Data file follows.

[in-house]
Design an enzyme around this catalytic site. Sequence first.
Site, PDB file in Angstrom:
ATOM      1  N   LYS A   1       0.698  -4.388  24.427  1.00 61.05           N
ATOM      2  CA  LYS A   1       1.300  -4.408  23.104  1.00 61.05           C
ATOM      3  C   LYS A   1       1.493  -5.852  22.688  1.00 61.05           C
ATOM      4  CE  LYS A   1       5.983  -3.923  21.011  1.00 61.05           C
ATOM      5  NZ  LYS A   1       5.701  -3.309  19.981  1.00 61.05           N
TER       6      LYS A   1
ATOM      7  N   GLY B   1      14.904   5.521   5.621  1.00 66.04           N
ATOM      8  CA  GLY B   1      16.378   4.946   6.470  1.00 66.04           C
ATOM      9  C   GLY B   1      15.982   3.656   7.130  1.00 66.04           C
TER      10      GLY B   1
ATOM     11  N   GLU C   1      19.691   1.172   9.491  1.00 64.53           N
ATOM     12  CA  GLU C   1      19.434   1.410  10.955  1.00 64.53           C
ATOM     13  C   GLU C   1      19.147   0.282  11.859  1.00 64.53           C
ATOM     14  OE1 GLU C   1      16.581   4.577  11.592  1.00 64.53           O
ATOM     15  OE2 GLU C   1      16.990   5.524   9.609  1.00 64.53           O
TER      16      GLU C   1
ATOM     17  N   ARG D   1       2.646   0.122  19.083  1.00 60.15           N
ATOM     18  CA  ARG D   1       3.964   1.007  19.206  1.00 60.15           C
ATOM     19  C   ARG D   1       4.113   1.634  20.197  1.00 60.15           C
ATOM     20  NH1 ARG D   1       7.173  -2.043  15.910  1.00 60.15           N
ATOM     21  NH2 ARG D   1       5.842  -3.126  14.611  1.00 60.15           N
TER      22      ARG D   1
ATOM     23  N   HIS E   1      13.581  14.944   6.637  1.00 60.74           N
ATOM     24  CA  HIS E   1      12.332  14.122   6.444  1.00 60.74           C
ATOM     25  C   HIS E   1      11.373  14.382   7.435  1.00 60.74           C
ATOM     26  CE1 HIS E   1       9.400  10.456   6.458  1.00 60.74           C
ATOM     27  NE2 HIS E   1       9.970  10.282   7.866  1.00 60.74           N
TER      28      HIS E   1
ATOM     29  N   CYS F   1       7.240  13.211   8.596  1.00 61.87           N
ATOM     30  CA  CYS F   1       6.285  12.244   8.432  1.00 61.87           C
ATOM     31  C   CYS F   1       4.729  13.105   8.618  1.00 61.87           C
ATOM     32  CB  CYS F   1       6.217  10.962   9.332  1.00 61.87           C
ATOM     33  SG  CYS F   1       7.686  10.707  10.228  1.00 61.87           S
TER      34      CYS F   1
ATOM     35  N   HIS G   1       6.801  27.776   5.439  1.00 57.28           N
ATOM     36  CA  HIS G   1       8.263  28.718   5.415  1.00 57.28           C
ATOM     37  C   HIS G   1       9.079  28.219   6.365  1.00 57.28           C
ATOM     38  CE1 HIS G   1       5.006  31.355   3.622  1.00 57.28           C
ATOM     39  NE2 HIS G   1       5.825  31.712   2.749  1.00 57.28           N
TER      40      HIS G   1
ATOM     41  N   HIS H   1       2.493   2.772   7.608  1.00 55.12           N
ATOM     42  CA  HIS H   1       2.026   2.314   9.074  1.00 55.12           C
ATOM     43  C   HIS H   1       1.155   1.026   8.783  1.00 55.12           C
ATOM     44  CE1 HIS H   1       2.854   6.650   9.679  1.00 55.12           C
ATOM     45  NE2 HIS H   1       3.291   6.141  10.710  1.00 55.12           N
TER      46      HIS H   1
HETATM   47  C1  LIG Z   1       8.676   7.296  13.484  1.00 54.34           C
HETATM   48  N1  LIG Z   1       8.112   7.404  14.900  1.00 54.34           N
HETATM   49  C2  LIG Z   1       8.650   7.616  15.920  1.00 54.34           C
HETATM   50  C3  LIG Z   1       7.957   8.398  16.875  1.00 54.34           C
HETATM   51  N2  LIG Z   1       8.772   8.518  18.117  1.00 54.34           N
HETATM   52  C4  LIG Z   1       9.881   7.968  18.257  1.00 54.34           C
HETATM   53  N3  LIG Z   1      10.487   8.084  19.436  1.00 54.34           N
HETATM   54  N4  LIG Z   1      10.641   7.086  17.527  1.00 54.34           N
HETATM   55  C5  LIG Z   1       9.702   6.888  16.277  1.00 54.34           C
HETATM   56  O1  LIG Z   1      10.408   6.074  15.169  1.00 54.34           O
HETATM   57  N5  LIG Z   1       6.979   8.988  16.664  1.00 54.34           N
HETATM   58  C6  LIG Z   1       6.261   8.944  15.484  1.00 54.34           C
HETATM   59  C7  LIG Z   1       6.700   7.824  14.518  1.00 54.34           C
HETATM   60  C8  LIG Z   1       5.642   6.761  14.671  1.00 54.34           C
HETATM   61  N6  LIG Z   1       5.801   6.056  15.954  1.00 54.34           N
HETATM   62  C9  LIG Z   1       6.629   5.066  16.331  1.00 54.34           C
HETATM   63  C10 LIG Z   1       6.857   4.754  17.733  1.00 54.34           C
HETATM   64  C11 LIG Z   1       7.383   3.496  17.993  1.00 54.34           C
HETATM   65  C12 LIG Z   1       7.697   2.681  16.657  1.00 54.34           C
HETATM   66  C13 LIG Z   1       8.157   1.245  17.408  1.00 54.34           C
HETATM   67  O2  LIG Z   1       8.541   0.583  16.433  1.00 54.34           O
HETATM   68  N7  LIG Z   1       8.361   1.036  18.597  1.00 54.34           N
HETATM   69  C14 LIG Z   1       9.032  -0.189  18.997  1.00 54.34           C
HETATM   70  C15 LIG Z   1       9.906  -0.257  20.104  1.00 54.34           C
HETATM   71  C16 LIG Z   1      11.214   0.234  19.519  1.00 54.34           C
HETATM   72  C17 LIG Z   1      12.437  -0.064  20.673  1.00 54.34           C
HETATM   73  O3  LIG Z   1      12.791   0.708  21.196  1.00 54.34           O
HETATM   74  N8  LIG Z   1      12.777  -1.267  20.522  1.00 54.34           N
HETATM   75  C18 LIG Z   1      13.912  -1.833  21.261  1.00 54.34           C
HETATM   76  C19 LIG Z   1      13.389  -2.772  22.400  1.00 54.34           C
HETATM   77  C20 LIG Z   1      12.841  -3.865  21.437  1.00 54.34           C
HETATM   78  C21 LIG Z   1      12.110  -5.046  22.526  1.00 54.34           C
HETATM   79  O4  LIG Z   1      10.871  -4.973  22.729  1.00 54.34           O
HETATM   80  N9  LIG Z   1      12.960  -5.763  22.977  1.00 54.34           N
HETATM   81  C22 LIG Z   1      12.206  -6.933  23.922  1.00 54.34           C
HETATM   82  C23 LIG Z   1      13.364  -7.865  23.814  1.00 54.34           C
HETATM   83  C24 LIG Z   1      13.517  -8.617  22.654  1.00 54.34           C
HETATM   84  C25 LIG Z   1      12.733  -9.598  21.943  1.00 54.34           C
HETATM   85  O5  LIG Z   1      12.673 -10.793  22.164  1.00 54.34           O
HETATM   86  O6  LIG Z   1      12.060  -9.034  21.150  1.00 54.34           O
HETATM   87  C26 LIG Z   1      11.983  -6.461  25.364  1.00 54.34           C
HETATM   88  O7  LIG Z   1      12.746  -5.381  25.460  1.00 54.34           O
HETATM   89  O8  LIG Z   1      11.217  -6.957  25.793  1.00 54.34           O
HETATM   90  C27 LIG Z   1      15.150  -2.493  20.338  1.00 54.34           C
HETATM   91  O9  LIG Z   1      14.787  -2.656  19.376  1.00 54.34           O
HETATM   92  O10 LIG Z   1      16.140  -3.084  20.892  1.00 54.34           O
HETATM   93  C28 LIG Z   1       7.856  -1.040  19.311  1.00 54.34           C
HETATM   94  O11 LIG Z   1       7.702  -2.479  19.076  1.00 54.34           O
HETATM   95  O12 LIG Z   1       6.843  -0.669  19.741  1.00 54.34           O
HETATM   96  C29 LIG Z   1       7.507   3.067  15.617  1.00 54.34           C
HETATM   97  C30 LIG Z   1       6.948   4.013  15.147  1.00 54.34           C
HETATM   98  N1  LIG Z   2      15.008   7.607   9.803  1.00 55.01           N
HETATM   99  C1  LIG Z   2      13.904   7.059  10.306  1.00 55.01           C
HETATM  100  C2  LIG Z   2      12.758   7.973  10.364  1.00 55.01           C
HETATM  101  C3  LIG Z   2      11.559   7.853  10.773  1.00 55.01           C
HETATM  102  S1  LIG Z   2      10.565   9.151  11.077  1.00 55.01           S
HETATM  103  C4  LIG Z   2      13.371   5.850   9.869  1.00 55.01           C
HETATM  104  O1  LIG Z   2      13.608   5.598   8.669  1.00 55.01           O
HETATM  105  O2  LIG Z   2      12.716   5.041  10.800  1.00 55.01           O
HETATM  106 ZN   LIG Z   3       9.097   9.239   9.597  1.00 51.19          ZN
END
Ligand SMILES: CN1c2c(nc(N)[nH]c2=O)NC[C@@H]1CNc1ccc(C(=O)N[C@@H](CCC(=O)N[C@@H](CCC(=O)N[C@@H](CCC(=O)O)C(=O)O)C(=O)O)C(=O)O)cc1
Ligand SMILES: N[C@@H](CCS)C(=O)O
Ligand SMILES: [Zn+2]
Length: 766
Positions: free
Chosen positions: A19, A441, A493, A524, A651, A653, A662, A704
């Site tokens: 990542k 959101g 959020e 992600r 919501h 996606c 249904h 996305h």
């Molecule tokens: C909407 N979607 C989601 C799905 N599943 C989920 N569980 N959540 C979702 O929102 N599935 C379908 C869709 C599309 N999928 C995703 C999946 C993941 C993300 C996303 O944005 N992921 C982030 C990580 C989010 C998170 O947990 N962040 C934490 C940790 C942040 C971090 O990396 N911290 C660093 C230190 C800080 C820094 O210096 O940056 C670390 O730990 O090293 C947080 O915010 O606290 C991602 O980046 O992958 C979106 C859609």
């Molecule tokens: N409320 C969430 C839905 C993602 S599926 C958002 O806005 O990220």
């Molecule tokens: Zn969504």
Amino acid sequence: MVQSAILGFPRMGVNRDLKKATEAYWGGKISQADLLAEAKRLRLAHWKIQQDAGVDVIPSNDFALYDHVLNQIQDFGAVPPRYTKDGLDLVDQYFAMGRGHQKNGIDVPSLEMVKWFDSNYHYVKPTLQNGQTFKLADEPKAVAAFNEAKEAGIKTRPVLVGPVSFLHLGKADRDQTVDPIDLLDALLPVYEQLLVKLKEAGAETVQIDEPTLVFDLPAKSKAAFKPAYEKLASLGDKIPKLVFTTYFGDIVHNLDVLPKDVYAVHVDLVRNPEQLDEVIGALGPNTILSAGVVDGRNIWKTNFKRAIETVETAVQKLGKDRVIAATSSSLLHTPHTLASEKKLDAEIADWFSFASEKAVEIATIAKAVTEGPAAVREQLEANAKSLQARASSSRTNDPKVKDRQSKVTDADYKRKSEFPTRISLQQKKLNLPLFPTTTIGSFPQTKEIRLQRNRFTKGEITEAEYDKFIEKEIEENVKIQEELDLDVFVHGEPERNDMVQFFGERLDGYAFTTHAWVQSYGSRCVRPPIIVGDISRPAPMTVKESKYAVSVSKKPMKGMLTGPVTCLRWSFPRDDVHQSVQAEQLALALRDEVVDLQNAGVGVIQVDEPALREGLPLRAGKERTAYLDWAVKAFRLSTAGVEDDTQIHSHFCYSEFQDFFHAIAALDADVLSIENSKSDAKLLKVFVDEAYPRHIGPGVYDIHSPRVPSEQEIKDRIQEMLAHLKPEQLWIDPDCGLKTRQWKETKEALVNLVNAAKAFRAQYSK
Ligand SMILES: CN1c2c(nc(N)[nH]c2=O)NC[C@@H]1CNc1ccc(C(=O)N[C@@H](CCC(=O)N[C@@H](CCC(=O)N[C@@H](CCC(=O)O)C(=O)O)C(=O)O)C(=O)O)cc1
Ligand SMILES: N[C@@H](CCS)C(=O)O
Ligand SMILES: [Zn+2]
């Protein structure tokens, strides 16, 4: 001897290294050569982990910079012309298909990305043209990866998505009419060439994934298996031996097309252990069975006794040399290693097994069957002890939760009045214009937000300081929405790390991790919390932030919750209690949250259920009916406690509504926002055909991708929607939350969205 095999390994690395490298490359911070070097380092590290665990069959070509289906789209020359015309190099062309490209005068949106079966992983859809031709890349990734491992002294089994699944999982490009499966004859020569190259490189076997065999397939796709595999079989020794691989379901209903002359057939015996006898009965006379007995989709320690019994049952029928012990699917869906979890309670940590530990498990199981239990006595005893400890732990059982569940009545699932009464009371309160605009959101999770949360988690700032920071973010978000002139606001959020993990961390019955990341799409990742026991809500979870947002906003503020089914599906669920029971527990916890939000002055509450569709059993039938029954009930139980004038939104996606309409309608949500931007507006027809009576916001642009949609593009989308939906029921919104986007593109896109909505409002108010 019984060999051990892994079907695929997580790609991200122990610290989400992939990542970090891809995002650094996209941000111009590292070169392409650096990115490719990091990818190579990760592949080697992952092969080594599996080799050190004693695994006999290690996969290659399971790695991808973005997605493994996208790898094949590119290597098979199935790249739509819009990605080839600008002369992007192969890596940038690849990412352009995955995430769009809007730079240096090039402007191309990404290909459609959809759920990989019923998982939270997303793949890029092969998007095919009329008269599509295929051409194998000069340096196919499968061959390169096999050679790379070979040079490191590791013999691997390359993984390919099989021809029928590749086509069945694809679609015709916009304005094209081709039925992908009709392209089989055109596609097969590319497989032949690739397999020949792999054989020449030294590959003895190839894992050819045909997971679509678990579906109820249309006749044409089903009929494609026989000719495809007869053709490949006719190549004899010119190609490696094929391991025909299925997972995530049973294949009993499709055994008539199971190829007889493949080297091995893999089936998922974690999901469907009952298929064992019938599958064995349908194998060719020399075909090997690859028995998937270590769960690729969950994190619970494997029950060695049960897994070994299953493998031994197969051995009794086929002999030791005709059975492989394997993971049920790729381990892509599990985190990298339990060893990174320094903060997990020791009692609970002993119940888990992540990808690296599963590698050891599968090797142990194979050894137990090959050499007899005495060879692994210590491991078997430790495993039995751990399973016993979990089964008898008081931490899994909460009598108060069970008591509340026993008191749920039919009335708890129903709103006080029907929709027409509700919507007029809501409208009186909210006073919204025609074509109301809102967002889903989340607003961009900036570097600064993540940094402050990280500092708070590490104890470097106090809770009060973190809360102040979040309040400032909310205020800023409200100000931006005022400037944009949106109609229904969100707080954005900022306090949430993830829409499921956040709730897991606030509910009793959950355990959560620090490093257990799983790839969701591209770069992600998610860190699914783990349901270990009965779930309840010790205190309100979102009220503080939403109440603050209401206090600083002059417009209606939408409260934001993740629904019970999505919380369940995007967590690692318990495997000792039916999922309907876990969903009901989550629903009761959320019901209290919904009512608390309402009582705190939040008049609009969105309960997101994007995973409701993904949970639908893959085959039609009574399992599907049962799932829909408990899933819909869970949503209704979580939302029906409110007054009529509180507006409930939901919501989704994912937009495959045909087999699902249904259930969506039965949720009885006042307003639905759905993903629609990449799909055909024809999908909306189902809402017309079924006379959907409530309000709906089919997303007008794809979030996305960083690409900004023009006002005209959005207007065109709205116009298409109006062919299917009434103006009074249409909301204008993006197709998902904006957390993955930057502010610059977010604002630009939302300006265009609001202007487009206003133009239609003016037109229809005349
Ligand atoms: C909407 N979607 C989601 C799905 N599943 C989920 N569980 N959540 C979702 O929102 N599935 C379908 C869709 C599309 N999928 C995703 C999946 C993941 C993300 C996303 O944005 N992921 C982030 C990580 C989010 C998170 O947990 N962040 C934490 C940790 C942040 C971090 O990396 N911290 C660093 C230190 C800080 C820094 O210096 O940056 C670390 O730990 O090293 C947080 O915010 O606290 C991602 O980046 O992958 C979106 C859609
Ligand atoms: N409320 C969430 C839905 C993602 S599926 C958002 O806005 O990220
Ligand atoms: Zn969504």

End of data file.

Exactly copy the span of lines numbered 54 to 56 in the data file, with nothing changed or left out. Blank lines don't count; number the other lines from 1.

HETATM   51  N2  LIG Z   1       8.772   8.518  18.117  1.00 54.34           N
HETATM   52  C4  LIG Z   1       9.881   7.968  18.257  1.00 54.34           C
HETATM   53  N3  LIG Z   1      10.487   8.084  19.436  1.00 54.34           N